The Oklahoma County jail had a higher homicide rate than any other large local jail in the nation during a seven-year period beginning in 2000, according to a U.S. Justice Department study that is being criticized by local officials.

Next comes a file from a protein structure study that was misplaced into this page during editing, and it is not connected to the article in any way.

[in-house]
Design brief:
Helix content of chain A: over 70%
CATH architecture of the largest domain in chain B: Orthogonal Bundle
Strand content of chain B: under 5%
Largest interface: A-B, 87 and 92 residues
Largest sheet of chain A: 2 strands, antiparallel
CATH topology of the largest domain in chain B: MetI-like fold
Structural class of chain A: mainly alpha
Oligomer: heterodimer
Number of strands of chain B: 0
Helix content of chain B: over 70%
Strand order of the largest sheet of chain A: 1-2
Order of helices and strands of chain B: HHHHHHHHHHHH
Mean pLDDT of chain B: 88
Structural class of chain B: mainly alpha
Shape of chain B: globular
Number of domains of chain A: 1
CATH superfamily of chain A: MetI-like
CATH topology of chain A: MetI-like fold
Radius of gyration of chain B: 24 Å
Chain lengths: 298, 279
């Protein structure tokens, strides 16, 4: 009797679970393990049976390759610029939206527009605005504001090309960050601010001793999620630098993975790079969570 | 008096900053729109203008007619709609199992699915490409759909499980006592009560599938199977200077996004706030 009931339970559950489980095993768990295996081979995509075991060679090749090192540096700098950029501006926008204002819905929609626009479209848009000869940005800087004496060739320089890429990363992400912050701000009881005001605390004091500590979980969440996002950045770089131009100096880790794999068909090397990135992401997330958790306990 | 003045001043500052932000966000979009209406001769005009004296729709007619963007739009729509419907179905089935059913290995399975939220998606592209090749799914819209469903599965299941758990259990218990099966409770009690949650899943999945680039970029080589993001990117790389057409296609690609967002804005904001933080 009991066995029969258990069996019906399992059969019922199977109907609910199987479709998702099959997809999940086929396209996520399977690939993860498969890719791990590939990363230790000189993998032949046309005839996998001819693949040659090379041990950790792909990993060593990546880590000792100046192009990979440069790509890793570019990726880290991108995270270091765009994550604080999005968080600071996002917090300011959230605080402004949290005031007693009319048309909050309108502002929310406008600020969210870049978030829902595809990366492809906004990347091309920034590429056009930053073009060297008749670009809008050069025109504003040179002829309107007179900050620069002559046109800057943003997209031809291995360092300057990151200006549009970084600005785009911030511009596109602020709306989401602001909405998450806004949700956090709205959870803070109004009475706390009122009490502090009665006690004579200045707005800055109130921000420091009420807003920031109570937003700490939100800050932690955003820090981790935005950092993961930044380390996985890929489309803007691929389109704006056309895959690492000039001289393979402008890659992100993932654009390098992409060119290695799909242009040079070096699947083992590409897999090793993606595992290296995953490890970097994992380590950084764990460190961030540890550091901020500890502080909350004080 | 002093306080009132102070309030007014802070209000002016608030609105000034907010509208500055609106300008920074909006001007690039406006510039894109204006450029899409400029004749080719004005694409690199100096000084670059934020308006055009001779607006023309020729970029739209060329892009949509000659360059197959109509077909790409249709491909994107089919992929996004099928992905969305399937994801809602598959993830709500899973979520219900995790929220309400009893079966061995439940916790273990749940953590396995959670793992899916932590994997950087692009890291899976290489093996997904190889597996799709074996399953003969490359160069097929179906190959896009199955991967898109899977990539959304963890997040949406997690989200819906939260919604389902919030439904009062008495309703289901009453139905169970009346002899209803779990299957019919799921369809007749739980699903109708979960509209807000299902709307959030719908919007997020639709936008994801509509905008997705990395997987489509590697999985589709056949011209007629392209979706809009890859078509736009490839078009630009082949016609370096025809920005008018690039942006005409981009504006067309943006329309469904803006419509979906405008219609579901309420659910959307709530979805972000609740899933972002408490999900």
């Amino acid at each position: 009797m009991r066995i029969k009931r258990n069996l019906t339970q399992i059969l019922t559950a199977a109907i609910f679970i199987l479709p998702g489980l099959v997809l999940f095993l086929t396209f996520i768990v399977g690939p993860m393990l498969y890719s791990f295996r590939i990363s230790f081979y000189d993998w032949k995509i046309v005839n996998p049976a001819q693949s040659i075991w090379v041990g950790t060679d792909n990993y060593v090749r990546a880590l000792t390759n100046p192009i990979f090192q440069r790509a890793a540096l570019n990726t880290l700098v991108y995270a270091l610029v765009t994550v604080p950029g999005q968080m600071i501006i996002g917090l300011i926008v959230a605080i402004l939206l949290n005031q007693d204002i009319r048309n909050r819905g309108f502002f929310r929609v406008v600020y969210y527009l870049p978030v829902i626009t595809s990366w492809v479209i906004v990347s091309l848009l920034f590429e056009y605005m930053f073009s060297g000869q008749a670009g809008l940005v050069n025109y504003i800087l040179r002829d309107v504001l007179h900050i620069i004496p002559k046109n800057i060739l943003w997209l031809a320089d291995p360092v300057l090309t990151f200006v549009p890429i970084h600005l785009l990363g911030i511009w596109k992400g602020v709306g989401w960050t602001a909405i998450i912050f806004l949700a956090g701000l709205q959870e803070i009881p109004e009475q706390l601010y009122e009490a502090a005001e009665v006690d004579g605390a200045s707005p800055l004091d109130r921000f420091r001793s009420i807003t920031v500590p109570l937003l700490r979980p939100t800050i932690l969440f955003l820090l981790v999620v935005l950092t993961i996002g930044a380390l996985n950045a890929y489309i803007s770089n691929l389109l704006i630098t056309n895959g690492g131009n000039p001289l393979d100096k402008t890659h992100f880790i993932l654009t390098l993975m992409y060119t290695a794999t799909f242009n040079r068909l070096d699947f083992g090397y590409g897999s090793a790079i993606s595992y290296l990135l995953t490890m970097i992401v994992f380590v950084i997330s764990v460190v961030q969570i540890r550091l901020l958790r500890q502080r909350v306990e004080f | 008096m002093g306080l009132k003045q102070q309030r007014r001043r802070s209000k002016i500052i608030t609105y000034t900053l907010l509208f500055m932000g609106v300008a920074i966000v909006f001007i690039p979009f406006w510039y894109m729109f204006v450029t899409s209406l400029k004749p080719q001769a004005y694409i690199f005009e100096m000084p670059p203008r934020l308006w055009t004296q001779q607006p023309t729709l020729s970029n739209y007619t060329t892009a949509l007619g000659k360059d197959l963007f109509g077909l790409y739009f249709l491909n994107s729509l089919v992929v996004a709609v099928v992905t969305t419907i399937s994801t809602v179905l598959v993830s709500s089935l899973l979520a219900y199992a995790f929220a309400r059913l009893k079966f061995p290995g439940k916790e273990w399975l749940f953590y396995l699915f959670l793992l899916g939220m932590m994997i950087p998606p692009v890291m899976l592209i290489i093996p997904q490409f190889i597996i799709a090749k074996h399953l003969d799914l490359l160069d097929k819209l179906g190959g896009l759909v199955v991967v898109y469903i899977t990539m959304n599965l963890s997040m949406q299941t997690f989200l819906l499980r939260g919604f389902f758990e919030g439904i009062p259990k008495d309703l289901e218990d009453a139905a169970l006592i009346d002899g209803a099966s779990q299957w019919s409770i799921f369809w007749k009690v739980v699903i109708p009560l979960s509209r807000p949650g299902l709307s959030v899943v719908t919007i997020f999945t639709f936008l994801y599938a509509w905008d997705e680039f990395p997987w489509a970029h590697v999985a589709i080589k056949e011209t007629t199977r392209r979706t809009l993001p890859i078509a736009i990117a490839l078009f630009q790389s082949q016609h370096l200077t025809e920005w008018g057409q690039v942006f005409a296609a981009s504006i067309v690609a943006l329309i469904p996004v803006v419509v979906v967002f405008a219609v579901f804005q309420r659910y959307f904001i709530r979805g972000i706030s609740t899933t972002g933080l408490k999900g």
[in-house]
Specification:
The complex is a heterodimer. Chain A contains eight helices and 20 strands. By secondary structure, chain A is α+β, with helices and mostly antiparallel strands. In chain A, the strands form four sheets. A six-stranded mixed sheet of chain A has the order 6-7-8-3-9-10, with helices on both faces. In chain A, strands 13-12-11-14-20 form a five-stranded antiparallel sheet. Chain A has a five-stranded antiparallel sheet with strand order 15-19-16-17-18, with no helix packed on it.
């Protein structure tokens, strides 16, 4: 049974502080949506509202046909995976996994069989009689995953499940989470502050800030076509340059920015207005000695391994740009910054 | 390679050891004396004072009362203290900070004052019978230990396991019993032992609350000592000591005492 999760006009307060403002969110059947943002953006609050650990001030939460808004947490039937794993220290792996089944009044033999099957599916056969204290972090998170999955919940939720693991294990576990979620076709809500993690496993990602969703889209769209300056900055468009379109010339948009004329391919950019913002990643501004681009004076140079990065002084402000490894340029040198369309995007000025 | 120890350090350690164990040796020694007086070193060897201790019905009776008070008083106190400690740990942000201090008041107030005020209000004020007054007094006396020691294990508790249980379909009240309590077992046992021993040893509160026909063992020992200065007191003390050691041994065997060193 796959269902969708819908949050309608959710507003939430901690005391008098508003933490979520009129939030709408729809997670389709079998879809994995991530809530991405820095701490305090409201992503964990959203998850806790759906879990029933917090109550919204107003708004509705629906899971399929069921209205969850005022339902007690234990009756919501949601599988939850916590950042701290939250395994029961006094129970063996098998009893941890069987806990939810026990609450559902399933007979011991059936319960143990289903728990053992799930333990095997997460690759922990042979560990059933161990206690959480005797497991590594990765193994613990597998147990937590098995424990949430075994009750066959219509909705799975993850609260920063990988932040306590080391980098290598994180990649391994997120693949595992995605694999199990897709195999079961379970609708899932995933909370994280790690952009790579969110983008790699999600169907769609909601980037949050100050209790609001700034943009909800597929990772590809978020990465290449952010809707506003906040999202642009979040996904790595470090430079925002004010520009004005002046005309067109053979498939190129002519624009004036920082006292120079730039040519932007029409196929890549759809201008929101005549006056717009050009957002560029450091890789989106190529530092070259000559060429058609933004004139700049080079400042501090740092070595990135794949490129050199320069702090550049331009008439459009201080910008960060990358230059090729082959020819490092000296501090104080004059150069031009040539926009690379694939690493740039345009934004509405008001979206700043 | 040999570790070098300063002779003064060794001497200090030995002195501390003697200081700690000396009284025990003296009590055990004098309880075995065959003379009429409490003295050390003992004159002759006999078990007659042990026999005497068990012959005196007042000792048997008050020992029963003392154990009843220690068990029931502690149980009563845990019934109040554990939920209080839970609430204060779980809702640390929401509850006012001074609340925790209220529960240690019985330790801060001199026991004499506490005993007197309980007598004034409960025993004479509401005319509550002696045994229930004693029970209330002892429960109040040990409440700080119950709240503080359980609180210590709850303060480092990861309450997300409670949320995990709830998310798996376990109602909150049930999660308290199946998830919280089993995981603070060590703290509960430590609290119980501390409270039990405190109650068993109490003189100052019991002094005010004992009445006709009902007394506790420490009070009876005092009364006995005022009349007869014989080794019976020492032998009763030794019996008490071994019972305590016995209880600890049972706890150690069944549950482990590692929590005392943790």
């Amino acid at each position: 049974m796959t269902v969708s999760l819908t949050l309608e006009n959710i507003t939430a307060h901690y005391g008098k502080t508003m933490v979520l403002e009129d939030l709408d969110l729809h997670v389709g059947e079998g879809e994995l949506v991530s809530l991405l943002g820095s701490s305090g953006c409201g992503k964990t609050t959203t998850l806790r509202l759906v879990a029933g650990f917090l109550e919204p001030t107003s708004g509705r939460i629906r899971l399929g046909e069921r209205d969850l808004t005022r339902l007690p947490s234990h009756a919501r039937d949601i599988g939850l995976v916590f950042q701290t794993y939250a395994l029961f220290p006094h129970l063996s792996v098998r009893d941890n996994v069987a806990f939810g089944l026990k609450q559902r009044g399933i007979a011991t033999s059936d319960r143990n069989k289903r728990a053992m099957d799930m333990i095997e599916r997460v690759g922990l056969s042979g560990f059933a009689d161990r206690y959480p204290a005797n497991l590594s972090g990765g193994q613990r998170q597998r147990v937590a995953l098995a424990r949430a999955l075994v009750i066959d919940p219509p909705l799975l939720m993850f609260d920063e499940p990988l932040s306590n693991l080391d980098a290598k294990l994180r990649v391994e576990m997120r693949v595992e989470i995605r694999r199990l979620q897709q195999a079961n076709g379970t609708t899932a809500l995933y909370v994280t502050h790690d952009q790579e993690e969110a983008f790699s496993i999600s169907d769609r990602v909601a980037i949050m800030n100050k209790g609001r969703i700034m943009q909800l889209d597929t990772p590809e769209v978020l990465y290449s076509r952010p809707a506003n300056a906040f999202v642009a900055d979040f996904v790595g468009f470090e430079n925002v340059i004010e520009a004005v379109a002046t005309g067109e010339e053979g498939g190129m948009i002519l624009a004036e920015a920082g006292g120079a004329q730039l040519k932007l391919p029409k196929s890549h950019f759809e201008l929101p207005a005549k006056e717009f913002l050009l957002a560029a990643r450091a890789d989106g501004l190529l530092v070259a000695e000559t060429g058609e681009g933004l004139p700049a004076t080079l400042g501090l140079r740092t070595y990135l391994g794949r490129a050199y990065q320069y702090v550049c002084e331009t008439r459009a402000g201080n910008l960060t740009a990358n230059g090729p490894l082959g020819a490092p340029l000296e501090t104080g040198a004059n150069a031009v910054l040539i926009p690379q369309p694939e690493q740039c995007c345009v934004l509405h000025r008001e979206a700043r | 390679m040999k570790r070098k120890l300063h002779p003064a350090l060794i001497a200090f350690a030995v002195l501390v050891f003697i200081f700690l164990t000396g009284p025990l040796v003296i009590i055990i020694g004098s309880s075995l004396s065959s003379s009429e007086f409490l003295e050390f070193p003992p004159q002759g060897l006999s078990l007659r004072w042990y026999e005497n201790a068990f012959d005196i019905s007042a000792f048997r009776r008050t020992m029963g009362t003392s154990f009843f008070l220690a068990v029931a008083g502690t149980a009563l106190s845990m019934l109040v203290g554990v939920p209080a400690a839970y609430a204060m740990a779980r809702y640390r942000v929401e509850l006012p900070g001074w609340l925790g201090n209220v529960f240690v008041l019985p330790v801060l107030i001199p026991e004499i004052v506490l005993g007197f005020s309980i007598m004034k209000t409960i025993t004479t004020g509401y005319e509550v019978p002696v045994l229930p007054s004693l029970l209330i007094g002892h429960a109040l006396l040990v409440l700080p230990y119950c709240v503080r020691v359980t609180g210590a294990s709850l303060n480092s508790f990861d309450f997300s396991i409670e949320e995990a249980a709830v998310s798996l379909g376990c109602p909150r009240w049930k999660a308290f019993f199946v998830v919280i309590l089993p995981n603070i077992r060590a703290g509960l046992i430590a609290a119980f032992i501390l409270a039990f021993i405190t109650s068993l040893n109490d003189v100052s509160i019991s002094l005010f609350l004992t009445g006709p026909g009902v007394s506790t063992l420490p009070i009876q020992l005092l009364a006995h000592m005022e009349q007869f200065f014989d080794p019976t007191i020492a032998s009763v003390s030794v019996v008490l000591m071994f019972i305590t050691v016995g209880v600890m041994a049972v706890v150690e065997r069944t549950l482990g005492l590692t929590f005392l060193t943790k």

"Statistics are statistics,” said Oklahoma County Sheriff's Department spokesman Mark Myers. "Honestly, if you look at the number of people who come here every year and the percentage of deaths, it's safer to be in the Oklahoma County jail than on the streets,” Myers said. "When we spoke to the statistician she said in no way were we at the top of the curve. It's statistics.” According to the numbers released by the Bureau of Justice Statistics, if there were an average of 100,000 inmates a day in the Oklahoma County jail, there would have been 30 deaths a year from homicides during the years 2000-07. Using the same parameters, the next highest is the Baltimore jail with rate of 22 homicides per 100,000 inmates a day for a year. By contrast, Los Angeles County, the largest jail in the United States, has a homicide rate of 6 per 100,000 inmates. The study compared death rates among the 50 largest jail jurisdictions. The rate doesn't tell the whole story for Oklahoma County, said Margaret Noonan, the study's author. "All you need is one year where you have a little bit of a peak in the homicides and it can make your rates go crazy,” Noonan said. "They're a smaller so-called top 50 jail and as a result they're very sensitive to fluctuations.” Actually, Oklahoma County falls more in line with most other jails across the country in that there were several years in the study where there were no homicides. "Looking back from 2000 to 2007 hard numbers, we show we've had five homicides in Oklahoma County,” Myers said. "There are 48,000 people on average per year in the jail. For five people to die in a homicide over an eight-year period, those are low compared to what people would see on the streets. We've not had a homicide in our facility since May 2007.” In August 2008, the Justice Department issued a scathing report on the Oklahoma County jail, citing a litany of problems, including rampant violence among inmates, excessive use of force by guards, medical neglect, overcrowding and understaffing.